I opened the garage door and started to walk to my car. Out of the corner of my eye, I saw something. It was a harness-less Monroe standing in the middle of my driveway watching the garage door open.
I couldn't believe my eyes! She came back!
Monroe's expression seemed to say, "Sorry I freaked yesterday."
I quickly came in the house, got a nice big breakfast ready for her and put it in her normal spot in the driveway. She ran over and gobbled it up. Granted, she kept a bit more distance from me now, but at least she was back. I would work on rebuilding her trust.
Unfortunately, I couldn't stay long with Monroe because I had to go to work. I told her that I would be home the same time as usual and I drove off. She stayed in my driveway after I left. I felt horrible leaving her there, but the sense of relief that I had that she was willing to give me a second change was exhilarating. But, how on earth were we going to capture her now without her harness?
That evening we devised a new plan. We decided that we were going to lure her into our backyard. In the confines of our backyard, we would have a bit of an advantage because she would only be able to run so far. She wouldn't be able to disappear into woods.
While we had a solid plan, we agreed we would not rush things this time. We would do things at Monroe's pace.
So for the next few nights, we laid a line of food bowls leading from our driveway to our backyard. The bowls closer to the backyard had the best food in them. Each night, Monroe made her way to our yard, clearing out the food bowls and gaining more and more confidence in her new surroundings. Eventually, we put a bowl in the yard. It took her a while, but she finally went in and ate from that bowl.
The pugs and Monroe had their evening play time as well and we made sure that we ended each night by walking the pugs into the backyard. Monroe always followed, but she never came far enough in the yard. After about three nights of this routine we were started to make progress. The food was helpful, but the pugs were even more helpful. Monroe was super dog friendly and seemed to be becoming one of the pug gang. It also didn't hurt that I believe she is some sort of herding dog because she liked to keep the pugs in a group. She would never let one of them stray away from the group. This was extremely helpful because Monroe seemed to like corralling them into the backyard.
Finally last friday, after eating in our backyard and playing with the pugs in our driveway Monroe herded the pugs into the backyard. I positioned myself by the gate and she walked into the yard after the pugs furthered than she ever had. I closed the gate. Monroe spun around to see what the noise was. I was expecting her to freak once she realized the gate was closed. She didn't. She went around smelling the yard. The pugs were pooped and not really interested in playing so she just hung out with them. She was relatively calm. I immediately called our dog sitter and let her know that we had Monroe in the yard. She was on her way and would help us get a leash on Monroe and would take her to her house that night.
After about a half hour of letting Monroe get used to the yard, we began our attempt to leash her up. We walked her into a corner in the yard and she just laid down. She submitted. We slipped the collar over her head. For the first time in two weeks we got to pet the dog that had consumed every moment we weren't at work. She wasn't afraid anymore.
Wednesday, May 16, 2012
After a week of hanging around our neighborhood, Monroe had been noticed by a lot of people and the calls at Animal Control for her were really starting to pile up. Grammy called me one day at work to let me know that Animal Control was there and was trying to capture Monroe. While I was nervous for Monroe, I thought Animal Control capturing her wouldn't be such a bad thing. We could just get her from Animal Control and get her into the rescue group.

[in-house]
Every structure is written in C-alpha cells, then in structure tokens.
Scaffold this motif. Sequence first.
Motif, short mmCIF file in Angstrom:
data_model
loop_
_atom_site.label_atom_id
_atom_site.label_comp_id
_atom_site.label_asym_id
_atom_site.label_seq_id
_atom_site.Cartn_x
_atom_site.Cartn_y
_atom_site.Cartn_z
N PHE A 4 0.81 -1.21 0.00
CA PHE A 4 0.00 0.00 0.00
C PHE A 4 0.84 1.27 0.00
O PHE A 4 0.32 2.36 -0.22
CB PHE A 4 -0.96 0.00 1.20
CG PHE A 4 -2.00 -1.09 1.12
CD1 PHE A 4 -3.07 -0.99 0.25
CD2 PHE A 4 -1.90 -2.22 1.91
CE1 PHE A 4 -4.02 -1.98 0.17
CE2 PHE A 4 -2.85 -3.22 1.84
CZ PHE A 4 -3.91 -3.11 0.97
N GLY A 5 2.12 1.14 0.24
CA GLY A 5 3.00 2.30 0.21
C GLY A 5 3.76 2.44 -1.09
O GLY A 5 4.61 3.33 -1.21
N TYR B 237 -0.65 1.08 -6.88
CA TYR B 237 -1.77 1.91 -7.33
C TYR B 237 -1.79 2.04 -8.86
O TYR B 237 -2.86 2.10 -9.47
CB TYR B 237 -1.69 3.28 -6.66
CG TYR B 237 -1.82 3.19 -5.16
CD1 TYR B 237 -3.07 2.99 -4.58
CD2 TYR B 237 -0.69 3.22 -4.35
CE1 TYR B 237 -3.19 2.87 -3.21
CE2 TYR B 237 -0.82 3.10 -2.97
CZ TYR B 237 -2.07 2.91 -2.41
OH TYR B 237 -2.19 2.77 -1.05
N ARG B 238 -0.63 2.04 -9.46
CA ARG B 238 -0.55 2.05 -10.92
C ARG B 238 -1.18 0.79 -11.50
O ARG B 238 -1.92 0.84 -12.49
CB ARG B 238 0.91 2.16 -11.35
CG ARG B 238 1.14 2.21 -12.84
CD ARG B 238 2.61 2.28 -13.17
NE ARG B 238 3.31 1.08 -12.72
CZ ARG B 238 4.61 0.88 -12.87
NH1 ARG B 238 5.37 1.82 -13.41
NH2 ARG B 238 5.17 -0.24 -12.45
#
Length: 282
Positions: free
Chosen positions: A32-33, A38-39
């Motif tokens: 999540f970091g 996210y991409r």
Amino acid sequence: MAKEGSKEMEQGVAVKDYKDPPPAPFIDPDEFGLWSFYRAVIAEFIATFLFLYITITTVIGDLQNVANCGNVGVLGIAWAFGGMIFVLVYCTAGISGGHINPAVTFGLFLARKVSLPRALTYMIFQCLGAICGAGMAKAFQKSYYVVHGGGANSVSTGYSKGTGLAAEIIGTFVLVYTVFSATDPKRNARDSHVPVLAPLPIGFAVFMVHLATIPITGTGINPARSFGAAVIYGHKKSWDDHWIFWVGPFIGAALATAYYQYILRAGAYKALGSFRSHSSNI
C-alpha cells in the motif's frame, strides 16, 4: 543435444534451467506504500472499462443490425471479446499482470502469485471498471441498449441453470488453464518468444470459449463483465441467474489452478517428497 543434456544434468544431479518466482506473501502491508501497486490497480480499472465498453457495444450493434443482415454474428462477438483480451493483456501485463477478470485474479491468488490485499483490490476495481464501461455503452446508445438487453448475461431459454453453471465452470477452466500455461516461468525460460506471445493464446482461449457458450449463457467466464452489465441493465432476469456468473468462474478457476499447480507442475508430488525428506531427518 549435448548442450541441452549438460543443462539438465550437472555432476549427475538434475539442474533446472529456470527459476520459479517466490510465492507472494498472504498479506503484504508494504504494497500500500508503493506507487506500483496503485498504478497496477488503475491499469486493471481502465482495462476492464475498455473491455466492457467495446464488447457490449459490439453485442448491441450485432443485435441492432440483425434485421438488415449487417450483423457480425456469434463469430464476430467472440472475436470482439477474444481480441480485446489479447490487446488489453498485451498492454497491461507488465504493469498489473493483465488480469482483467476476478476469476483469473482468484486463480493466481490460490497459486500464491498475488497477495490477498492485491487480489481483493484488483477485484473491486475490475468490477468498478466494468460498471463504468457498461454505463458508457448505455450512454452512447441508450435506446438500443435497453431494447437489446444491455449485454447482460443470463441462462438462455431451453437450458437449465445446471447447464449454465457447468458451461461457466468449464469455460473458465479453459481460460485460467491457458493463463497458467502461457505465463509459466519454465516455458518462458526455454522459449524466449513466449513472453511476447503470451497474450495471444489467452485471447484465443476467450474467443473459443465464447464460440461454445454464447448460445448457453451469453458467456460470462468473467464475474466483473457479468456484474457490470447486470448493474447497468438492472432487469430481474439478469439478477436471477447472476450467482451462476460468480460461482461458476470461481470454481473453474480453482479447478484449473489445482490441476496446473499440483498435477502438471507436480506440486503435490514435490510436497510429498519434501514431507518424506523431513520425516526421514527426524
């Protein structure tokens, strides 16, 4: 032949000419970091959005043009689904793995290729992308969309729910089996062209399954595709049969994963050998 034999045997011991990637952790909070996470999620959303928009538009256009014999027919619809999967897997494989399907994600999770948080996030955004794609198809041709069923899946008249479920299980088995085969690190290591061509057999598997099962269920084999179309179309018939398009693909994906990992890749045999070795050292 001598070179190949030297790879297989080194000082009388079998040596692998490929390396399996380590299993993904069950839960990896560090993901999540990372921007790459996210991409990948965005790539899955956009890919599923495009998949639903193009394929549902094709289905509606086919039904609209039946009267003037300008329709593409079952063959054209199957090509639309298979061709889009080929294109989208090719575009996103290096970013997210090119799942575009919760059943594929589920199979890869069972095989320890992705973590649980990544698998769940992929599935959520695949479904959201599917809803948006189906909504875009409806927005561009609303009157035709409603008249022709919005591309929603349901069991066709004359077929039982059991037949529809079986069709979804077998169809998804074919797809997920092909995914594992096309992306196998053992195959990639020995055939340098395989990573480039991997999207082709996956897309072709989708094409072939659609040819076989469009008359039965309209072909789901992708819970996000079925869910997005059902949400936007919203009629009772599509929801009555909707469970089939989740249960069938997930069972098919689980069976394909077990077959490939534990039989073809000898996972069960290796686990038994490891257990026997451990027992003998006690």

As soon as I got off the phone with Grammy, I called Animal Control. There was no answer at first, so I left a message. They eventually got back to me and I explained the situation. They seemed happy that we were trying to get her into rescue, but that's where their cooperation seemed to end. If they caught her, they weren't really willing to turn her over to the rescue. Sure, there were 500 hoops that we could jump through to get her, but it just seemed like there were too many points of failure in their red tape laden system.
I kept in close contact with Animal Control and I even called a few people at the local human society, where Monroe would end up if she was captured by Animal Control, but I wasn't comfortable that Monroe wouldn't somehow slip through the cracks.
So, I decided that we needed to get Monroe before Animal Control got her.
Luckily, me neighbors were onboard and they would keep me posted on Monroe sightings and give me insights into what Monroe was doing during the day. They were also keeping a close eye on Animal Control. That way, if Monroe did get picked up by Animal Control we would be able to be ready to spring her from the pound and get her into rescue.
While, I felt like Animal Control was a good plan B, I really wanted to get Monroe in a way that would not be traumatizing to her. After all, we had built a lot of trust with her. I felt like our plan was working. I just need time and now I felt Animal Control breathing down my neck.
With a new sense of urgency, we tried a different approach to our feeding routine that night. We got out rotisserie chicken and sat in our driveway. We tossed pieces of chicken to Monroe and led her close and closer to us. Eventually, we had her eating out of our hands! We also managed to attract a neighborhood cat that wanted in on chicken.
Monroe ate out of our hands time and time again, and one time I reached out and grabbed her pink harness.
I had a good grip on her. She freaked, flipped and was out of her harness in the blink of an eye. She raced off into the woods and I was left standing in my driveway with her harness in my hand and chicken laying at my feet and my heart in my throat.
I was devastated! With Animal Control looming, I rushed things and blew all the trust I had with Monroe. Not to mention the fact that I stripped her of her harness, her only possession. Now, people would just think of her as a stray. They wouldn't see that at one point she was someone's pet. That someone cared enough to put that harness on her.
I totally and completely blew it. In my defeat, I believed there was no way Monroe would ever come near us again.
« Older Posts
Want more? Wander through our archives.